Agentive Explanations of Temporal Passage Experiences and Beliefs

Abstract

Several philosophers have suggested that certain aspects of people’s experience of agency partly explains why people tend to report that it seems to them, in perceptual experience, as though time robustly passes. In turn, it has been suggested that people come to believe that time robustly passes on the basis of its seeming to them in experience that it does. We argue that what require explaining is not just that people report that it seems to them as though time robustly passes, and that they believe that it does, but rather, the substantial variation (a) in people’s reports regarding whether it seems as though time robustly passes, and (b) their beliefs about whether time robustly passes. We empirically investigate the agentive explanation of (a), according to which variation in people’s agentive experiences explains variation in people’s reports regarding whether it seems to them as though time robustly passes. We also empirically investigate the experiential seeming explanation of belief, according to which variation in people’s beliefs about whether time robustly passes is explained by variation in their reports regarding whether it seems in experience as though time robustly passes. We found empirical support for the agentive explanation, but not for the experiential seeming explanation of passage beliefs. We consider the implications of our results for three views about temporal experience and temporal beliefs: dynamism, passage illusionism and deflationism.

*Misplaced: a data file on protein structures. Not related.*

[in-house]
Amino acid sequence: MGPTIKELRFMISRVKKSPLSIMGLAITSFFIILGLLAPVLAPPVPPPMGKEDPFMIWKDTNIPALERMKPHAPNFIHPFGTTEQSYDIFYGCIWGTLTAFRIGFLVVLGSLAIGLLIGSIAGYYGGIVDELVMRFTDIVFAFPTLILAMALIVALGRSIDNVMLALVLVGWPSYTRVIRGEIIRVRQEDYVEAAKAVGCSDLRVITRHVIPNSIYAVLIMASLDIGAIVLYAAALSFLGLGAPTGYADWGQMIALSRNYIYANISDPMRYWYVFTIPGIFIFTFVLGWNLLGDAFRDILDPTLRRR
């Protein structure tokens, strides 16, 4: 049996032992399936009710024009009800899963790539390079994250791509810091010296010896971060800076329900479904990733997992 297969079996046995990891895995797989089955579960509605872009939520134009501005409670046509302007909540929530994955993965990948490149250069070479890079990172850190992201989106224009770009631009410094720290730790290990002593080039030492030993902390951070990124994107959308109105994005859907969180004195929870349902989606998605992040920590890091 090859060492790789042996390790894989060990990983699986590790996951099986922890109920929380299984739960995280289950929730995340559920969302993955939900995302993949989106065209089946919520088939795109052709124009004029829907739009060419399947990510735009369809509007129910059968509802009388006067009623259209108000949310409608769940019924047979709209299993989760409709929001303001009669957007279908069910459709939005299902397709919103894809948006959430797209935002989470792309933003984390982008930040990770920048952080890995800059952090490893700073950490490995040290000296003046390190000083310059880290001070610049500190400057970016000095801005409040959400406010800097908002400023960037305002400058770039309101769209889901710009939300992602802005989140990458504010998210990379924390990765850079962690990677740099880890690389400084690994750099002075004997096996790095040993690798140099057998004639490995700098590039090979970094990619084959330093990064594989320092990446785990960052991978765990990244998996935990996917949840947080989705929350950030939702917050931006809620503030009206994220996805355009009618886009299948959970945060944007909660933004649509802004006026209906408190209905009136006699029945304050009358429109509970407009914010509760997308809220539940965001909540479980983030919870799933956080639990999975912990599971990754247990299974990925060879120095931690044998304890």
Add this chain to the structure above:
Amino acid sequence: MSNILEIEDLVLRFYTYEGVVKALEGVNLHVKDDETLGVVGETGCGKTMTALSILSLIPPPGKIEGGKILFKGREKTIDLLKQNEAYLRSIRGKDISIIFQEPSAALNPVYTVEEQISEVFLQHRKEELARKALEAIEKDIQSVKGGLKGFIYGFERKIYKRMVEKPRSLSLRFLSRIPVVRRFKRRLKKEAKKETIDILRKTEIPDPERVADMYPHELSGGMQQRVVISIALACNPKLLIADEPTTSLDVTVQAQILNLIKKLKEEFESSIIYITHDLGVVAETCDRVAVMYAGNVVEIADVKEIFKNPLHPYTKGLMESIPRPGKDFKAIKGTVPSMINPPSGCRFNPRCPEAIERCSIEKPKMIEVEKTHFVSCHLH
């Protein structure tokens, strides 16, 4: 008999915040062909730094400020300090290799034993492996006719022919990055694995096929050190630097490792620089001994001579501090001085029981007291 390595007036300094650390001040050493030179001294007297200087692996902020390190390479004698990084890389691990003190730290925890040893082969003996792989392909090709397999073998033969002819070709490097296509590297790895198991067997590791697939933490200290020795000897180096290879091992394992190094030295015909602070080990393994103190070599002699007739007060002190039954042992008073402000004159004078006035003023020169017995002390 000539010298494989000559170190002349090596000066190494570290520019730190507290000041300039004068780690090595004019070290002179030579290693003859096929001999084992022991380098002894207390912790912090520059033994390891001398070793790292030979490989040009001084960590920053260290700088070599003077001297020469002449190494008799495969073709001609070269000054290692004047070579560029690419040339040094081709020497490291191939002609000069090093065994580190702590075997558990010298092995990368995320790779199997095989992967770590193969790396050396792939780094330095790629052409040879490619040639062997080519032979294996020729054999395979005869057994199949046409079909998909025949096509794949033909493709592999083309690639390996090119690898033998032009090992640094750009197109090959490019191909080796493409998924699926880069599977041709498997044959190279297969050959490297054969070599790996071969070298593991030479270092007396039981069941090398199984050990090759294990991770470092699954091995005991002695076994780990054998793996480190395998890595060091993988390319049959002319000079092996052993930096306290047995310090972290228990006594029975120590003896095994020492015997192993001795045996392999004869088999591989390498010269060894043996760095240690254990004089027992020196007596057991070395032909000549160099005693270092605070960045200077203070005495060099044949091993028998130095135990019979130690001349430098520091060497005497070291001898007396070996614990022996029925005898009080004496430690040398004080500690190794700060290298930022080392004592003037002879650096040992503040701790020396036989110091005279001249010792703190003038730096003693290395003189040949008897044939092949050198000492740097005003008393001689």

Author Profiles

Anthony Bigg
University of Sydney
Andrew James Latham
Aarhus University
Kristie Miller
University of Sydney

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2024-01-03

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